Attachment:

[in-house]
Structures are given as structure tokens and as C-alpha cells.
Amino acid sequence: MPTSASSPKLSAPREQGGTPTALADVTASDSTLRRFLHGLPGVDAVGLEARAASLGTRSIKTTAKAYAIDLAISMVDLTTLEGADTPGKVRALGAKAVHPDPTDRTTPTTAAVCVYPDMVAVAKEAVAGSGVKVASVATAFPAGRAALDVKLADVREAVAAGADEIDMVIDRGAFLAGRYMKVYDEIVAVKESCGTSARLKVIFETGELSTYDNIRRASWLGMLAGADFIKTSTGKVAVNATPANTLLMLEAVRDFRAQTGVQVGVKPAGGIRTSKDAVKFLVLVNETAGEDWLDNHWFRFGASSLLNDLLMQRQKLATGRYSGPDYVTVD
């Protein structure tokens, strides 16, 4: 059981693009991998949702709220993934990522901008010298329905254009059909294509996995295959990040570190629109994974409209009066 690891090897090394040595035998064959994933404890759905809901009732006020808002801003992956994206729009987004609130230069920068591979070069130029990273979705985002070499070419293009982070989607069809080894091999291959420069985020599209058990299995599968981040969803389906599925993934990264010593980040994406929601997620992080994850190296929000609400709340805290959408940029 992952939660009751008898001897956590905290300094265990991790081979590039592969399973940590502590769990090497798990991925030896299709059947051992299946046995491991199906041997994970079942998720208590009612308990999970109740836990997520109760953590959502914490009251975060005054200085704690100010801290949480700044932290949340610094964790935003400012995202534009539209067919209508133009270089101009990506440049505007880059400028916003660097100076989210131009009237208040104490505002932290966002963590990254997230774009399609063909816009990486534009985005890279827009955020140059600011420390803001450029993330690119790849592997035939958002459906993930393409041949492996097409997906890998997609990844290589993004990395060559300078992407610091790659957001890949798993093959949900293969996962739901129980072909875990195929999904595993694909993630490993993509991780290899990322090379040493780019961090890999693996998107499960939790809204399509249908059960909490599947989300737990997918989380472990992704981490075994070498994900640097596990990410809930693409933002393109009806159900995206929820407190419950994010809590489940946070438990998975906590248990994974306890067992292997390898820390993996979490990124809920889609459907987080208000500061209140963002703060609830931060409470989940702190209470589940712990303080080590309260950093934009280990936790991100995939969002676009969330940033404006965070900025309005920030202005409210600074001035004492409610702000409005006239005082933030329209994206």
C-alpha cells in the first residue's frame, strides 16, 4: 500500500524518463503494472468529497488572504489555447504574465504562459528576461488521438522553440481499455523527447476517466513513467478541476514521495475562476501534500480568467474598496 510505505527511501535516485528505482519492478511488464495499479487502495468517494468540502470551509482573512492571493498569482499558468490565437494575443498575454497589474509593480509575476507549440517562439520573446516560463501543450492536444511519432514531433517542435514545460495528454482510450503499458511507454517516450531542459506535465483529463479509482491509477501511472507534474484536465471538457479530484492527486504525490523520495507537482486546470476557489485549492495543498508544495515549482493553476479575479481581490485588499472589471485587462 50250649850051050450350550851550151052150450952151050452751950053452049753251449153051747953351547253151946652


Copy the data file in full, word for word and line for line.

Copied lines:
[in-house]
Structures are given as structure tokens and as C-alpha cells.
Amino acid sequence: MPTSASSPKLSAPREQGGTPTALADVTASDSTLRRFLHGLPGVDAVGLEARAASLGTRSIKTTAKAYAIDLAISMVDLTTLEGADTPGKVRALGAKAVHPDPTDRTTPTTAAVCVYPDMVAVAKEAVAGSGVKVASVATAFPAGRAALDVKLADVREAVAAGADEIDMVIDRGAFLAGRYMKVYDEIVAVKESCGTSARLKVIFETGELSTYDNIRRASWLGMLAGADFIKTSTGKVAVNATPANTLLMLEAVRDFRAQTGVQVGVKPAGGIRTSKDAVKFLVLVNETAGEDWLDNHWFRFGASSLLNDLLMQRQKLATGRYSGPDYVTVD
């Protein structure tokens, strides 16, 4: 059981693009991998949702709220993934990522901008010298329905254009059909294509996995295959990040570190629109994974409209009066 690891090897090394040595035998064959994933404890759905809901009732006020808002801003992956994206729009987004609130230069920068591979070069130029990273979705985002070499070419293009982070989607069809080894091999291959420069985020599209058990299995599968981040969803389906599925993934990264010593980040994406929601997620992080994850190296929000609400709340805290959408940029 992952939660009751008898001897956590905290300094265990991790081979590039592969399973940590502590769990090497798990991925030896299709059947051992299946046995491991199906041997994970079942998720208590009612308990999970109740836990997520109760953590959502914490009251975060005054200085704690100010801290949480700044932290949340610094964790935003400012995202534009539209067919209508133009270089101009990506440049505007880059400028916003660097100076989210131009009237208040104490505002932290966002963590990254997230774009399609063909816009990486534009985005890279827009955020140059600011420390803001450029993330690119790849592997035939958002459906993930393409041949492996097409997906890998997609990844290589993004990395060559300078992407610091790659957001890949798993093959949900293969996962739901129980072909875990195929999904595993694909993630490993993509991780290899990322090379040493780019961090890999693996998107499960939790809204399509249908059960909490599947989300737990997918989380472990992704981490075994070498994900640097596990990410809930693409933002393109009806159900995206929820407190419950994010809590489940946070438990998975906590248990994974306890067992292997390898820390993996979490990124809920889609459907987080208000500061209140963002703060609830931060409470989940702190209470589940712990303080080590309260950093934009280990936790991100995939969002676009969330940033404006965070900025309005920030202005409210600074001035004492409610702000409005006239005082933030329209994206």
C-alpha cells in the first residue's frame, strides 16, 4: 500500500524518463503494472468529497488572504489555447504574465504562459528576461488521438522553440481499455523527447476517466513513467478541476514521495475562476501534500480568467474598496 510505505527511501535516485528505482519492478511488464495499479487502495468517494468540502470551509482573512492571493498569482499558468490565437494575443498575454497589474509593480509575476507549440517562439520573446516560463501543450492536444511519432514531433517542435514545460495528454482510450503499458511507454517516450531542459506535465483529463479509482491509477501511472507534474484536465471538457479530484492527486504525490523520495507537482486546470476557489485549492495543498508544495515549482493553476479575479481581490485588499472589471485587462 50250649850051050450350550851550151052150450952151050452751950053452049753251449153051747953351547253151946652